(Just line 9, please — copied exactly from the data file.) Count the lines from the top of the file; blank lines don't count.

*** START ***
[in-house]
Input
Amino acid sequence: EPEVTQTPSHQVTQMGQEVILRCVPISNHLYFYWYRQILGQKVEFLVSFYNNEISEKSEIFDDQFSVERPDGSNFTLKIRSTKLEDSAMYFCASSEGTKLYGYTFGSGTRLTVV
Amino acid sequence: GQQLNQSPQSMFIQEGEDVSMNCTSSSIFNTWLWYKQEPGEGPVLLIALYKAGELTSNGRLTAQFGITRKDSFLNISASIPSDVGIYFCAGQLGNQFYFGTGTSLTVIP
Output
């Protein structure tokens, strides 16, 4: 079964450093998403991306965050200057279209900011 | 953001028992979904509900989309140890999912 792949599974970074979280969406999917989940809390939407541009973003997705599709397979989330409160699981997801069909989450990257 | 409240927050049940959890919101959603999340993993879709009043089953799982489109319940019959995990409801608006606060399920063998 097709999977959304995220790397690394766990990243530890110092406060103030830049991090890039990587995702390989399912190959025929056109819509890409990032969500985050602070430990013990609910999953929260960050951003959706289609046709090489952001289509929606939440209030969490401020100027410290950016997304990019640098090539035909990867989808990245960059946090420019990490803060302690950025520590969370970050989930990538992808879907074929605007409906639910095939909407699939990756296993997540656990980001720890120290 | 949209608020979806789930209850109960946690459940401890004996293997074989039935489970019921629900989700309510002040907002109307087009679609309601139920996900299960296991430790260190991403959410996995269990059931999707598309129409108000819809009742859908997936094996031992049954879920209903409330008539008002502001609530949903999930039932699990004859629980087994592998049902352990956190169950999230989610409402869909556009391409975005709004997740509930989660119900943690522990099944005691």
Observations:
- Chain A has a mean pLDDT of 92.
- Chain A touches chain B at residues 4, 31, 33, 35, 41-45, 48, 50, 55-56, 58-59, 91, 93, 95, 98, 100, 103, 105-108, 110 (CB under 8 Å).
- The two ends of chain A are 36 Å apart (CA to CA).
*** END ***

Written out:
- Chain A touches chain B at residues 4, 31, 33, 35, 41-45, 48, 50, 55-56, 58-59, 91, 93, 95, 98, 100, 103, 105-108, 110 (CB under 8 Å).